Tech Industry

Notebooks retooled for schools

A Santa Clara, California-based start-up starts shipping the first of its "ruggedized" laptops, specially designed to withstand the K-12 classroom.

Finally, a notebook you can take to the monkey bars.

A Santa Clara, California-based startup called NetSchools has started shipping the first of its "ruggedized" laptops, specially designed to withstand the wear and tear, spills and thrills of the K-12 classroom.

The new portable form-factor aims to capitalize on a growing niche.

The education technology market has grown an estimated 15 to 25 percent per

NetSchools StudyPro
year over the last several years and should maintain that pace. Spending in the 1997-98 school year is expected to reach $5.2 billion, up from $4.3 billion in the 1996-97 school year, according to a study by the research firm Quality Education Data.

So far, most schools have focused on purchasing desktop computers because of the prohibitive cost of buying and maintaining notebooks. Notebook computers also present an easier target for theft. Nonetheless, educators are interested in notebooks because they take up less classroom space, and students can do work from home if they don't have a PC.

"Right now less than five percent of the computers purchased are laptops," based on preliminary data from a research project called EdTech States, said Jeanne Hayes, president and CEO of Quality Education Data. However, "There is definitely a growing demand for portables. A number of education grants we've seen have proposed using laptops because of the ability to extend the school day to have community access and parental involvement," Hayes says.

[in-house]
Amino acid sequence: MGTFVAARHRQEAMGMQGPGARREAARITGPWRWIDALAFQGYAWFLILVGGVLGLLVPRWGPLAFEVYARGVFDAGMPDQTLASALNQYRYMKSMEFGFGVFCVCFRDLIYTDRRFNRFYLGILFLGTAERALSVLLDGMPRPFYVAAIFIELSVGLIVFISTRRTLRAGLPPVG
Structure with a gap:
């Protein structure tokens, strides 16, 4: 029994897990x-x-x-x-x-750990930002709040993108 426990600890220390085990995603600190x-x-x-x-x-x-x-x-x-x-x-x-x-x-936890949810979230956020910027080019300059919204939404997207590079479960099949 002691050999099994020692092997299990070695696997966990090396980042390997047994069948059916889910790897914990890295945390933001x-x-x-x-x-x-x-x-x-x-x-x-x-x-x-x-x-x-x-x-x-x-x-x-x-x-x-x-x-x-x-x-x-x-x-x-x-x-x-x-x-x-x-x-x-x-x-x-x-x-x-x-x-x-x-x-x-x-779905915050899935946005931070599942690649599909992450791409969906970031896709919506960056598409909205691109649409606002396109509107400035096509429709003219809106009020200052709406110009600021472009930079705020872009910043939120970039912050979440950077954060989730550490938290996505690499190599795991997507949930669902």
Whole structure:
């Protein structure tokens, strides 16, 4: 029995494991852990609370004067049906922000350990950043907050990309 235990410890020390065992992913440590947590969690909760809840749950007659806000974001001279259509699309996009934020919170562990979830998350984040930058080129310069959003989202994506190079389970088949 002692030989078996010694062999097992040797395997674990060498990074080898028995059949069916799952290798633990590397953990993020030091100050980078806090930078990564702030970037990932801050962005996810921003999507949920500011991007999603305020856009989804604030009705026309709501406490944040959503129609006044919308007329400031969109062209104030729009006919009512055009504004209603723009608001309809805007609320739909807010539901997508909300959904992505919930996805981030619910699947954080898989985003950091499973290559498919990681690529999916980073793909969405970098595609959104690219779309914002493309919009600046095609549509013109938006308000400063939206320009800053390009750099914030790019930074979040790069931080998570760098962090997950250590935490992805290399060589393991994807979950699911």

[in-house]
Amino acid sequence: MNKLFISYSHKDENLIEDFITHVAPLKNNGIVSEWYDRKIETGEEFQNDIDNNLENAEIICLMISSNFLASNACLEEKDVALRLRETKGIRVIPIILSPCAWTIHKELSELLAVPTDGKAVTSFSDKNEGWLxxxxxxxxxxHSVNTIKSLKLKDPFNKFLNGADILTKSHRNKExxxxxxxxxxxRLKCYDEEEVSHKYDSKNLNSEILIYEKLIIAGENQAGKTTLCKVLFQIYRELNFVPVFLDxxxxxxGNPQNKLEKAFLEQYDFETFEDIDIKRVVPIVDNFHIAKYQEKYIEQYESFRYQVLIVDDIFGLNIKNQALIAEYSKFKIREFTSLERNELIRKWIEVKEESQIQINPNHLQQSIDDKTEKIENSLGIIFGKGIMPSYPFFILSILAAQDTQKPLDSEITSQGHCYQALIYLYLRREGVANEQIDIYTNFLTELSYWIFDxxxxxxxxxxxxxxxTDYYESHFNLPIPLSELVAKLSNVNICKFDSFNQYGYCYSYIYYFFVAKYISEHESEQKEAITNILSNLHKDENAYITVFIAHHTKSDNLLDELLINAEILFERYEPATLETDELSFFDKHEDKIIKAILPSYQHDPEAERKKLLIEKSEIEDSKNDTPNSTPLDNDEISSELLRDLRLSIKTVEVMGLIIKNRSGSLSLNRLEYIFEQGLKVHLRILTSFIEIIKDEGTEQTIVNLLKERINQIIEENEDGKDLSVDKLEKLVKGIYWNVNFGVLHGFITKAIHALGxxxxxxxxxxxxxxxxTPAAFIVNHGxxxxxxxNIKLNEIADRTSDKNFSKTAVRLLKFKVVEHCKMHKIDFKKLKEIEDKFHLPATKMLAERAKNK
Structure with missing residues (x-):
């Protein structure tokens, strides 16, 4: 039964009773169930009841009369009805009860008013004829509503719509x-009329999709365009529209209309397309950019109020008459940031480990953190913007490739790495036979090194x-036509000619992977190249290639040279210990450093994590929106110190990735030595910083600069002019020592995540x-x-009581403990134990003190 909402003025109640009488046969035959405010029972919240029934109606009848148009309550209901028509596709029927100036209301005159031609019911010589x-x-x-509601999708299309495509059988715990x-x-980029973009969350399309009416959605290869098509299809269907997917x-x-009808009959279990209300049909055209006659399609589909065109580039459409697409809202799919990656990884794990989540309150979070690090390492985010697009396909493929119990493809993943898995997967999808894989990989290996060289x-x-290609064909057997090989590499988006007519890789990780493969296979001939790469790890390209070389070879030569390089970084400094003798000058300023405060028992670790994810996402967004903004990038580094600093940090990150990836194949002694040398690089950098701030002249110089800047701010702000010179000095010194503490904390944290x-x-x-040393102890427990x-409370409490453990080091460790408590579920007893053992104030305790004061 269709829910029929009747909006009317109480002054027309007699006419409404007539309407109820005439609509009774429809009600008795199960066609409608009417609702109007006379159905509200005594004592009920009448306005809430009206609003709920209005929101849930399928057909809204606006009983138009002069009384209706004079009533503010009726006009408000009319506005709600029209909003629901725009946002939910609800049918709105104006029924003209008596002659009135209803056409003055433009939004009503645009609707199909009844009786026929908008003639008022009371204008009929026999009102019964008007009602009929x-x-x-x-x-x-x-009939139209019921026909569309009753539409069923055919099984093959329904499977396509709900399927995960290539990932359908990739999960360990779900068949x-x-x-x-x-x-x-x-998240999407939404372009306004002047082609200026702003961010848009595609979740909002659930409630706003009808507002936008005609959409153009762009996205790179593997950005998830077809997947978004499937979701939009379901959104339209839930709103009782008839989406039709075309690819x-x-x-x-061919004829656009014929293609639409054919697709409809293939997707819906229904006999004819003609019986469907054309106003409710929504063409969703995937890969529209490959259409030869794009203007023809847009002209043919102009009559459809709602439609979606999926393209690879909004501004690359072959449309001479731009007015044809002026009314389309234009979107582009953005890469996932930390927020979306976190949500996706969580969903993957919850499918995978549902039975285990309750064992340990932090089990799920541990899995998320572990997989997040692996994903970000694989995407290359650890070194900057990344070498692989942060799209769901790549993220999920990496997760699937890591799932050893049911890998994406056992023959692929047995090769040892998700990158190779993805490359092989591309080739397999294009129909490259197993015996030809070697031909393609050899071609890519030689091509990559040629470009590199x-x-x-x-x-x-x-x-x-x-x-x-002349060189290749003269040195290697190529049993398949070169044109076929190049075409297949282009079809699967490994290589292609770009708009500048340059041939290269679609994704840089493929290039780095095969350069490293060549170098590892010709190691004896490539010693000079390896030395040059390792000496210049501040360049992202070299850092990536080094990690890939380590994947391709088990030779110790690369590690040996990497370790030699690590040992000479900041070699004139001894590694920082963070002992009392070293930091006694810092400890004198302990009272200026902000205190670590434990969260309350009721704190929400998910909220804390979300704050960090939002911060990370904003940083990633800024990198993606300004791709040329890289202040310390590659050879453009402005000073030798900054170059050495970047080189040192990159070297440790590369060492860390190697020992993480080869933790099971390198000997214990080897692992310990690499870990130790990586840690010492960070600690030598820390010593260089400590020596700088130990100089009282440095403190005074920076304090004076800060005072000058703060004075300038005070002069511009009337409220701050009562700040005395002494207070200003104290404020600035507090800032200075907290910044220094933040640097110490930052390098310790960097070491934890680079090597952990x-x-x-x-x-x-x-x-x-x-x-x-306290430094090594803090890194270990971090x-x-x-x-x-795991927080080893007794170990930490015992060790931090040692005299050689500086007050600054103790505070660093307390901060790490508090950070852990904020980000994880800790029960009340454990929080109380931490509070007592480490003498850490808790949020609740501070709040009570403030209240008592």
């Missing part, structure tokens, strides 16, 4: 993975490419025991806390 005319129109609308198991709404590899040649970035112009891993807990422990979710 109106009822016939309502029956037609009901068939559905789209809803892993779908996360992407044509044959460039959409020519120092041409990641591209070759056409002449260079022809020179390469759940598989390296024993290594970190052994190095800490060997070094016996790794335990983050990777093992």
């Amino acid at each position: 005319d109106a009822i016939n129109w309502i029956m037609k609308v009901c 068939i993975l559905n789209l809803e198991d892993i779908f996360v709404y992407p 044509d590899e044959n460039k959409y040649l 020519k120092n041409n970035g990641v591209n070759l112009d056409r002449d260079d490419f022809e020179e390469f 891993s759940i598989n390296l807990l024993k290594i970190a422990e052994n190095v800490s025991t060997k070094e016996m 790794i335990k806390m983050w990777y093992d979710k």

The NetSchools StudyPro is the company's product for this emerging portion of the education technology market. The StudyPro is a six-pound, Windows 95-based laptop that comes with a 133-MHz AMD 5x86 processor and 10.4-inch color display. It also has a keyboard that can withstand liquid spilled on it, a sealed battery compartment, and no hard disk drive or floppy disk drive inside for improved durability. A handle is attached to the case.

Files are stored in 40 megabytes of temporary "flash" memory, allowing students to take the computer home and work on assignments. When the student reconnects to the school's infrared wireless LAN (local area network), files are uploaded to a central server. Teachers can then view and grade the assignments, explains Toni Morgan, vice president of product marketing for NetSchools.

There is also a feature for parents which allows them to access securely stored messages from the teacher, so that parents can track student grades and progress, for example.

"We have designed the StudyPro especially for K-12 students. We have reduced barriers to implementing a laptop solution for kids," Morgan said. "For example, the solid state disk and modular components don't allow kids to get in an tamper with files. The system is theft proof--we have tamperproof screws on the casing and the notebook is programmed to be set with a timer so that if it doesn't see the LAN within a specified amount of time, it will refuse to operate until reset by an administrator," according to Morgan.

Apple Computer, which has long had an extensive education presence, has enjoyed considerable success with the eMate 300, an $800 portable computer based on the Newton operating system mainly sold to education markets. Although some education resellers have said that schools are wary of purchasing the systems because there is less software available for the Newton platform, others claim that sales of the unit have been relatively good.

NetSchools sells its notebooks bundled with a server computer running the Windows NT operating system and equipment for an infrared LAN connection. No pricing was available, but Morgan says the notebook alone costs around $1,200.

Paul Allen's Vulcan Ventures investment firm, which has a financial stake in NetSchools, is an investor in CNET: The Computer Network.